Human Brain-to-Brain Interface Tests Mind Control
(SEATTLE) -- Researchers claim to have performed the first human brain-to-brain communication by sending a brain signal via the Internet to control the hand motions of another individual.
Scientists at the University of Washington used electrical brain recordings and magnetic stimulation to send the signal across campus.
Rajesh Rao wore a cap connected to electrodes and played a video game with his mind, imagining moving his right hand when he was supposed to fire a cannon at a target. Andrea Stocco, who was in another building wearing a magnetic coil, involuntarily moved his right index finger to tap the keyboard in front of him.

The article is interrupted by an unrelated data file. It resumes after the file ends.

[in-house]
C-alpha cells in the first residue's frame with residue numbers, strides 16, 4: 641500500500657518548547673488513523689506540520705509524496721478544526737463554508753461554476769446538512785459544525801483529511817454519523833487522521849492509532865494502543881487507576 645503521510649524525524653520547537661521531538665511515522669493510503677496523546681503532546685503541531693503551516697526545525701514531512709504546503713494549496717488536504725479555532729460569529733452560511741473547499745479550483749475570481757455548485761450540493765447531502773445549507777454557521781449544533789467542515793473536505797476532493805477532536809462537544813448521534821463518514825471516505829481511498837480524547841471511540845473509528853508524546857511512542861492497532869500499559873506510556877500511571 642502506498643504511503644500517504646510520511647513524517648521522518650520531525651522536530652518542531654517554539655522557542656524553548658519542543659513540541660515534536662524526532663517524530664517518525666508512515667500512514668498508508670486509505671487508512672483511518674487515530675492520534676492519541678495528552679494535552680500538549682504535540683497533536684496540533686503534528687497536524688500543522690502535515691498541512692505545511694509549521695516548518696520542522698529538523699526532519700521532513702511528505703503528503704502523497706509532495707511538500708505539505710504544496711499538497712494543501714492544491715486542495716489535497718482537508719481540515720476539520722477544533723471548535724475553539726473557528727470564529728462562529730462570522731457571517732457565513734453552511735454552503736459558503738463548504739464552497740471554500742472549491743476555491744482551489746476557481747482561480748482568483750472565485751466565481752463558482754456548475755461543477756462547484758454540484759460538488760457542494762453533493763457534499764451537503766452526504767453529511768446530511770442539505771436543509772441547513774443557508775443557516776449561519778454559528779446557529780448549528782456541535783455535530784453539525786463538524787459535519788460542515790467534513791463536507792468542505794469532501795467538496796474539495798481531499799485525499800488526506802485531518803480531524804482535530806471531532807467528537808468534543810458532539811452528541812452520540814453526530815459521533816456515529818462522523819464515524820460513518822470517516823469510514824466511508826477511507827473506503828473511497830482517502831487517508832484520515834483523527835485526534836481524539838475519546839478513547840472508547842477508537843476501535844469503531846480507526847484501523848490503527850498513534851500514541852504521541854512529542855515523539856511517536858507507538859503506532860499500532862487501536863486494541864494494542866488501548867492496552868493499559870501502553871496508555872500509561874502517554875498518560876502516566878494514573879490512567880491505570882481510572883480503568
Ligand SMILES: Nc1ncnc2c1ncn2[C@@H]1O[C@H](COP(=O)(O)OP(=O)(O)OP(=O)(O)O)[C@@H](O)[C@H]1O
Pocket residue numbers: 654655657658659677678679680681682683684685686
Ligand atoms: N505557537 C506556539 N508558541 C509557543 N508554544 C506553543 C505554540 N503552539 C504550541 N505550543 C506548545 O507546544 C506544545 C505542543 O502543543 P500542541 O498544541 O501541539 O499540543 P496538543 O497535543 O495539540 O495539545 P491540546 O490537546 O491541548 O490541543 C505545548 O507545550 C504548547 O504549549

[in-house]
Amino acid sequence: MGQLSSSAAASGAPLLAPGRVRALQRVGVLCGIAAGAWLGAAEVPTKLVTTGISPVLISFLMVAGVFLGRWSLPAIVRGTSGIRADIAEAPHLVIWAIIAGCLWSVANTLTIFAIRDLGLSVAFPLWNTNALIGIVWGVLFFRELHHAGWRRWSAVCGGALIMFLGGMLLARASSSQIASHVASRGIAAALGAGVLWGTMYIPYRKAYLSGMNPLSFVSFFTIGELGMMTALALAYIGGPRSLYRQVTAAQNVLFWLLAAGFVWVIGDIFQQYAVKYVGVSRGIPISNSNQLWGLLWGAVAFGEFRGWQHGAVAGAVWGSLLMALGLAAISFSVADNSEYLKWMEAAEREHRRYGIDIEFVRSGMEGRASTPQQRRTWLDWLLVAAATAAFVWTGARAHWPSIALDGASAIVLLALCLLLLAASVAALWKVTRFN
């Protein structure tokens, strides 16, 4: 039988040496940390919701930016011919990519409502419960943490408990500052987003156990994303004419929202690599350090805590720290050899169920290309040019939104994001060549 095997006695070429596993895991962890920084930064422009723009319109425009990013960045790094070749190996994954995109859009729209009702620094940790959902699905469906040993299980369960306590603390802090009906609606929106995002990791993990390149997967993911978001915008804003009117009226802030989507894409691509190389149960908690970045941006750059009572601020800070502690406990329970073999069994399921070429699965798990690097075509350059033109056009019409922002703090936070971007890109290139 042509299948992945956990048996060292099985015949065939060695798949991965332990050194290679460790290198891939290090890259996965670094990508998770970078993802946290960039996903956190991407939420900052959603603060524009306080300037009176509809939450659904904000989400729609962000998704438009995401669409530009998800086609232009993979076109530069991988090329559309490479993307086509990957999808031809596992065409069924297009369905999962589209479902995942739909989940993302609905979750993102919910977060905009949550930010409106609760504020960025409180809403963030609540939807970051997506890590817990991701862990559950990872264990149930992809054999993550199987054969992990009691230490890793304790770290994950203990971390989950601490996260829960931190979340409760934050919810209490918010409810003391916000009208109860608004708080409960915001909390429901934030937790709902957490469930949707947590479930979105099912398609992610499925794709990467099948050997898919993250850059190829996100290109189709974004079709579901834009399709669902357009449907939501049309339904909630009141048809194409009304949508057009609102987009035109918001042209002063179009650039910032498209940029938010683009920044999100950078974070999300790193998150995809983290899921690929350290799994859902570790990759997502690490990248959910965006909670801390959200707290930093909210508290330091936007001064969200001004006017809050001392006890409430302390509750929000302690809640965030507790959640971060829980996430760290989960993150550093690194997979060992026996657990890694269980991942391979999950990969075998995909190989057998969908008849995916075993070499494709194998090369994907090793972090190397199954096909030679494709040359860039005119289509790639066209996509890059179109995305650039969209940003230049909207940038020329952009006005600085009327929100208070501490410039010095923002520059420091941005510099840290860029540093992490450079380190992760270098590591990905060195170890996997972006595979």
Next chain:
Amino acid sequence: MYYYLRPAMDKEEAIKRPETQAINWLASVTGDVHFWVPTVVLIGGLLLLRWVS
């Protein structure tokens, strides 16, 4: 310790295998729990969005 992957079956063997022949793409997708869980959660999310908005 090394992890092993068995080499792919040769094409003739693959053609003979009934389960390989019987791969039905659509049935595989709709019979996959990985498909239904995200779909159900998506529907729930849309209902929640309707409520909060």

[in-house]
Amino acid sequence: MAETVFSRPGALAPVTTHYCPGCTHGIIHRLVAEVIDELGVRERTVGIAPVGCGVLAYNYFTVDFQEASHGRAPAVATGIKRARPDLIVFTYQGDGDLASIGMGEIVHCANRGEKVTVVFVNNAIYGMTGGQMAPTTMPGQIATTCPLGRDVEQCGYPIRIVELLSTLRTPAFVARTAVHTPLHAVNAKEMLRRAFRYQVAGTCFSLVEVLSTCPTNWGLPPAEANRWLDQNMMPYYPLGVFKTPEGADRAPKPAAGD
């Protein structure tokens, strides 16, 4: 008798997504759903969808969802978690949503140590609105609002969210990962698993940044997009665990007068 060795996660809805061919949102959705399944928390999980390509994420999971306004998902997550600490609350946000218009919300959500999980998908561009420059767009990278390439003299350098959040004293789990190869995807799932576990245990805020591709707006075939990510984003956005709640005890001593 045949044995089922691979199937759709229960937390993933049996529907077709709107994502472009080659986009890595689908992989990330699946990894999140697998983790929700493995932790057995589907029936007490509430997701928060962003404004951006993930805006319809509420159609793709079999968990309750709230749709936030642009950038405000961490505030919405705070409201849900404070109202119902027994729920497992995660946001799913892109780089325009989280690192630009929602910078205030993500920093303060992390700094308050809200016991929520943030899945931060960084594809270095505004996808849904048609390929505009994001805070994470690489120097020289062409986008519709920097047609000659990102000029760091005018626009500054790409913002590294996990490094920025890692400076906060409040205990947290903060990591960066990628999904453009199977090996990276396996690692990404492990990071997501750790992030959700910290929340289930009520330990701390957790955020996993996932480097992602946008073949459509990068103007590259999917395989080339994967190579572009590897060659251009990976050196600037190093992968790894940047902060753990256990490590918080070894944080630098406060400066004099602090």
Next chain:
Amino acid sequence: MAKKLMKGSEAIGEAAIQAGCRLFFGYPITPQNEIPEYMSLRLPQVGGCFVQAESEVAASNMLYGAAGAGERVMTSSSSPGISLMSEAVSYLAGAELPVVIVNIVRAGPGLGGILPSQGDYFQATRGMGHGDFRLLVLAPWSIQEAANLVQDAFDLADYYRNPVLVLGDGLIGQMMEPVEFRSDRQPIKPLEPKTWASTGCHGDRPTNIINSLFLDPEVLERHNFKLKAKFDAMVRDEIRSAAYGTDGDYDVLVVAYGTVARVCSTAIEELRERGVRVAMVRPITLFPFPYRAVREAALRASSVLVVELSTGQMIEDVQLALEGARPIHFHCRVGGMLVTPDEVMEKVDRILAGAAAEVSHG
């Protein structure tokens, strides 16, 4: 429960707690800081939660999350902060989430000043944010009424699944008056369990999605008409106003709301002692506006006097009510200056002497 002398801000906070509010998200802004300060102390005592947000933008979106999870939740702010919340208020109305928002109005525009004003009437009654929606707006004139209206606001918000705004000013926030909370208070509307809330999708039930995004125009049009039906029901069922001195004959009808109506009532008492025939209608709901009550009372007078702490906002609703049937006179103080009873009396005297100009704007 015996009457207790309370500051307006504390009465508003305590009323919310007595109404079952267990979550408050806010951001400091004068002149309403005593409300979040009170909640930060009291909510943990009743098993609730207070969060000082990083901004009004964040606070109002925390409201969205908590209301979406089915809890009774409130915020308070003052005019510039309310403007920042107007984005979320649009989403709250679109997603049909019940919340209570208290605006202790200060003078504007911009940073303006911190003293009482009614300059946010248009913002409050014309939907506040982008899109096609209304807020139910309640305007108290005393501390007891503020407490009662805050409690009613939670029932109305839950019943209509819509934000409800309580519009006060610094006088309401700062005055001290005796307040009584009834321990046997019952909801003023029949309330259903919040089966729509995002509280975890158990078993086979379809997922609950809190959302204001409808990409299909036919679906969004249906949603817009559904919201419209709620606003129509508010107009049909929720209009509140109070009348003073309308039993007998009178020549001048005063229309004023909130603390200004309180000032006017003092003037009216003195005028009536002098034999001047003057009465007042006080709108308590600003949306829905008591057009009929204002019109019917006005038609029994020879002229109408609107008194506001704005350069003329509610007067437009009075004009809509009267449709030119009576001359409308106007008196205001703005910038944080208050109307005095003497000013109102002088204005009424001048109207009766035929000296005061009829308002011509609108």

Stocco compared the feeling to that of a nervous tic.
"It was both exciting and eerie to watch an imagined action from my brain get translated into actual action by another brain,” Rao said.
The team connected via Skype to coordinate, but neither researcher could see the screens.
Scientists explain there's no way the technology in the experiment could be used on a person without them knowing.
Years from now, Stocco said, developments in the technology could be used by ground control to help a passenger land a plane should the pilot become incapacitated, or help a person with disabilities communicate their wishes.
The team plans to conduct another experiment transmitting more complex information from one brain to another.
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